What drove the sugar trade v1

Topics: Sugar, Slavery, Slavery in the United States, British Empire, International trade / Pages: 3 (692 words) / Published: Feb 24th, 2014
The Sugar trade.

Oh the wonderful sweetness of money and sugar. What drove this so called sugar trade, you ask? Consumer demand, return on investment, and slavery were all very important aspects to the making of the historic events in which were the sugar trade. Consumer demand is the product of the addicting compounds which make up sugar, adding it to about everything sugar gradually became a very important aspect in the 1500's normal lifestyle. Return on investment is when you put money into something and get a profit or get your money black plus some, thus making a business out of something. Slavery was a huge part of the sugar trade, they are what made the sugar trade possible, they worked and worked constantly to provide enough sugar for family's in the New World.

Consumer demand is one of many parts of the sugar trade but crucial to the survival and thriving love of the product. Sugar consumption approached nearly 10% of overall food expenditures for family's in the 1700s. After 1660 sugar imports always exceeded over all colonial products, that means that they had and wanted more sugar than any other product that was being shipped in from foreign countries. The sugar was shipped in something called a Hogshead, it was a big barrel weighing between 700 and 1200lbs, children loved to lick the remaining sugar left in the barrel after it has been emptied. People love the way sugar tastes, we have for longer than the 1500's, as a matter of fact sugar was cultivated and grown in New Guinea some 9000 years ago. The more slaves there was the more sugar was produced.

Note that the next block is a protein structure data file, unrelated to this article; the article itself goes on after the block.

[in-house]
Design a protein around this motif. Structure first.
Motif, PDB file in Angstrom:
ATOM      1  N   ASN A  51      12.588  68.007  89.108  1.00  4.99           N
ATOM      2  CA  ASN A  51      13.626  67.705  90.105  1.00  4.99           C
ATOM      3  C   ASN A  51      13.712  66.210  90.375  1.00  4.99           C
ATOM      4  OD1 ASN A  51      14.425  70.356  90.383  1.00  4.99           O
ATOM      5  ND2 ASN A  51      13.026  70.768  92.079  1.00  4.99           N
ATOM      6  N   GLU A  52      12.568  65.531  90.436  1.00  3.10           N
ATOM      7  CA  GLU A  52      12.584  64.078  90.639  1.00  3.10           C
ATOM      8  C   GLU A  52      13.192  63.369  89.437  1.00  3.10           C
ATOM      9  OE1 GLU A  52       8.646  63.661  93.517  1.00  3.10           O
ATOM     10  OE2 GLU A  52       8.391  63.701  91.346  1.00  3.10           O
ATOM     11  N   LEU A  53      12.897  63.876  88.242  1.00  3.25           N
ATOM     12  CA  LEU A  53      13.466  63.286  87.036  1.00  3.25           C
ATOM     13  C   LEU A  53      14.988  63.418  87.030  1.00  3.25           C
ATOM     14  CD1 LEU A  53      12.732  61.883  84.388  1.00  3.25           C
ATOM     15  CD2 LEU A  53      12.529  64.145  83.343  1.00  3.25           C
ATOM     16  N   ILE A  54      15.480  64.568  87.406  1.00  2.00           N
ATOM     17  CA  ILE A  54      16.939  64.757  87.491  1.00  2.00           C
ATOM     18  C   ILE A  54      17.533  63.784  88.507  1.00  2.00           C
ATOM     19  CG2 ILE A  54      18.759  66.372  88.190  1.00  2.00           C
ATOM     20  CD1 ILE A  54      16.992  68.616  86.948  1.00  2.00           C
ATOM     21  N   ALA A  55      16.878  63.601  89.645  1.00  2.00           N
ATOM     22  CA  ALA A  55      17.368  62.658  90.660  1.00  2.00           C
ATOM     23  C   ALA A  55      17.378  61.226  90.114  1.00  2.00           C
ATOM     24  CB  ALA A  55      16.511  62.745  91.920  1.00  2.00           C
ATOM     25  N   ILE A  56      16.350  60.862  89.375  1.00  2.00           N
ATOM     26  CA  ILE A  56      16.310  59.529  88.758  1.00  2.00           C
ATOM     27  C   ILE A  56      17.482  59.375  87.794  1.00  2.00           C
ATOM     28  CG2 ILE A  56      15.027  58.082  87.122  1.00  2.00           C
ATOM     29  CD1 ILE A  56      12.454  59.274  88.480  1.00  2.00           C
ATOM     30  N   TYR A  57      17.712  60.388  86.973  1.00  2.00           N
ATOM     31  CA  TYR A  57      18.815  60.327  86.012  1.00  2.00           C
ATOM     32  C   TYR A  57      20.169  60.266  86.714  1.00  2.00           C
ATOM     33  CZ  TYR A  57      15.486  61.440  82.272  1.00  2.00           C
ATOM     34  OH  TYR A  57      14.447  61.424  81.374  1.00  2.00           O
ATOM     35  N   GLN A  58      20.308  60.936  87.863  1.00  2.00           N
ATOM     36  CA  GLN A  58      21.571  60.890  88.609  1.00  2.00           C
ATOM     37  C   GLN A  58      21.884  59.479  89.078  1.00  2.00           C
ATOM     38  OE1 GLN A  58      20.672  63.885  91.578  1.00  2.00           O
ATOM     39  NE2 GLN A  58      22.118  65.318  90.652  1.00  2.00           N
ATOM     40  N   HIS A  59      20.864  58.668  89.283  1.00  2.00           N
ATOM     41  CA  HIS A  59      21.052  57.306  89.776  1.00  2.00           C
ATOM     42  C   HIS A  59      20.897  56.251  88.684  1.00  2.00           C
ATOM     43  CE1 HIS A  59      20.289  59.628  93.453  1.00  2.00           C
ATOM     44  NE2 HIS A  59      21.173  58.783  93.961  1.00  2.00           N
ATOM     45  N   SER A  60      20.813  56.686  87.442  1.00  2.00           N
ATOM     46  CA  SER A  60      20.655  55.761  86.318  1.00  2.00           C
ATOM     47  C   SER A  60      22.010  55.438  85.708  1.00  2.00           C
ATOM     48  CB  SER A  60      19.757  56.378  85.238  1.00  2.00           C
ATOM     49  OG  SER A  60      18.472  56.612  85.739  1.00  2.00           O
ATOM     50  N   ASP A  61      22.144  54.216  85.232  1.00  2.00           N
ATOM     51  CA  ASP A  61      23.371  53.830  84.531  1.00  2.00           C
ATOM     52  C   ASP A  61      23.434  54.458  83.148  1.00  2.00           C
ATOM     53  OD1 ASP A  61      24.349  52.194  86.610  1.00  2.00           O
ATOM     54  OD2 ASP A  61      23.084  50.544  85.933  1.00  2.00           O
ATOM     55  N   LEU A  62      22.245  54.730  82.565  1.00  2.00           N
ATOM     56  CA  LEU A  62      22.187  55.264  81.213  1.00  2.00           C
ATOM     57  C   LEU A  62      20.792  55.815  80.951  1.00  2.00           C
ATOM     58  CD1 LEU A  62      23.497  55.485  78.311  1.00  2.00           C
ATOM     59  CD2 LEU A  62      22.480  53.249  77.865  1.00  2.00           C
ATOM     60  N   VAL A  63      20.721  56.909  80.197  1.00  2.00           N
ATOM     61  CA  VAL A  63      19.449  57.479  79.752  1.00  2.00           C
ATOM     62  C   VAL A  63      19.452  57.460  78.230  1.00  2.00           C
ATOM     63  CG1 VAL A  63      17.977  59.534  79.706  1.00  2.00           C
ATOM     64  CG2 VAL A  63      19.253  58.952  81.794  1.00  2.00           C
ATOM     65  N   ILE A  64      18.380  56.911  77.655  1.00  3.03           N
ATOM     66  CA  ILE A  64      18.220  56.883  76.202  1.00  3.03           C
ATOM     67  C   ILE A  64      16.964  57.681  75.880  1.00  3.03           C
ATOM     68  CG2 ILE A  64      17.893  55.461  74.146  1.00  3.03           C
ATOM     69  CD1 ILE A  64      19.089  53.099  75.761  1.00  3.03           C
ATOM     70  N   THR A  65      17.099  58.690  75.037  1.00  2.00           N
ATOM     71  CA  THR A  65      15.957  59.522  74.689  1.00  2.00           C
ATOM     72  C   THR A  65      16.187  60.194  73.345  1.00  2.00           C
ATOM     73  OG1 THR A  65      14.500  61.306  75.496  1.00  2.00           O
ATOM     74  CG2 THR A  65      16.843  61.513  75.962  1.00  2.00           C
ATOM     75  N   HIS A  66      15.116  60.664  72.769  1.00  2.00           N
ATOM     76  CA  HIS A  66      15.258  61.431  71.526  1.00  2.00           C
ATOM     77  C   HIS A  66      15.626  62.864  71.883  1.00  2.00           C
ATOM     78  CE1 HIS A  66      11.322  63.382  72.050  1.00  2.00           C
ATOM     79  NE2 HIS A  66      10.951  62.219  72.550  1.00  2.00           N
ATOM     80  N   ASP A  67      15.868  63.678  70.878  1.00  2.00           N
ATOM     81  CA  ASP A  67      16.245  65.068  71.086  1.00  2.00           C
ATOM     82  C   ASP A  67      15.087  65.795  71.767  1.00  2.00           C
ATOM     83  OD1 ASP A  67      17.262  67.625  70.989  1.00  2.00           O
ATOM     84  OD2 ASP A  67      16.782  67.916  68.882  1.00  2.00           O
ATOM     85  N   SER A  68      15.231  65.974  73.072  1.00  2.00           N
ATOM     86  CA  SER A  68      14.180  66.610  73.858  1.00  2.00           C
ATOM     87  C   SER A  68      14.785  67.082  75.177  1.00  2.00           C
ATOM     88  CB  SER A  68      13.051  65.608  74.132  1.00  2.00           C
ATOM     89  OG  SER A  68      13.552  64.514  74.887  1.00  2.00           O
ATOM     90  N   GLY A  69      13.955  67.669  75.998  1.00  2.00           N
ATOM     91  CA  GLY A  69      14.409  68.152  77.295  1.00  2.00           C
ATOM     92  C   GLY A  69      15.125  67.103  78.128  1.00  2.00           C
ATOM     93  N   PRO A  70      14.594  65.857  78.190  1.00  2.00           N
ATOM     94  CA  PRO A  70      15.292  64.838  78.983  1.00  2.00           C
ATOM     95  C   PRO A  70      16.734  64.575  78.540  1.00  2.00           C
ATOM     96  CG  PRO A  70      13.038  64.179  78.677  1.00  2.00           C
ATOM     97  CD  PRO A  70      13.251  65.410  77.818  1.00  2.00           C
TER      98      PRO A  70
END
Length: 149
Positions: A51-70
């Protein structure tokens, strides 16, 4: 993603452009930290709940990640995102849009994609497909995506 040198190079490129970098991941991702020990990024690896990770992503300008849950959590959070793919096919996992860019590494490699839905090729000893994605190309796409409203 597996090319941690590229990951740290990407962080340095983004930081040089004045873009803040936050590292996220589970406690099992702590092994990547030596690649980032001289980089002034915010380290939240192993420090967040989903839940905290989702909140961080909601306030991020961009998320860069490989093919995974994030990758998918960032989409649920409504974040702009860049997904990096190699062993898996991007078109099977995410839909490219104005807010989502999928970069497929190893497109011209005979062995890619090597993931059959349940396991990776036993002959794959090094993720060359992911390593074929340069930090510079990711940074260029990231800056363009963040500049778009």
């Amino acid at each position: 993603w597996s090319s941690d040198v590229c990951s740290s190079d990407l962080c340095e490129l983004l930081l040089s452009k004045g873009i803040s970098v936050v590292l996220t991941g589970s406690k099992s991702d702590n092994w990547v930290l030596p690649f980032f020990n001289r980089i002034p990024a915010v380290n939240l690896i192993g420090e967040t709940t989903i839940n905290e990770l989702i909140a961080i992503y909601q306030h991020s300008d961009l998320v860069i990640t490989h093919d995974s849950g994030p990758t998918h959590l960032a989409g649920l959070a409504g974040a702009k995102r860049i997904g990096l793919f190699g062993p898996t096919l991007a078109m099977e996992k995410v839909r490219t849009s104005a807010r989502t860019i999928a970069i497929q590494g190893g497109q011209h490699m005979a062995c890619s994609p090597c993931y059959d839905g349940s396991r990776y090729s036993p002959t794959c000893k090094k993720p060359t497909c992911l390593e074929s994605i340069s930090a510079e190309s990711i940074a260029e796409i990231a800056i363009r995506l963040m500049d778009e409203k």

Slavery is what dramatically helped the sugar trade happen and proceed for so many years before slavery became illegal and machines replaced their jobs. Slaves could be traded for many goods like powder, bullets, brass pans, tobacco pipes, and many other things. At 14 pence a day a laborer in England in the early 1700's earned about 18 British pounds a year. For instance the Hibbert family

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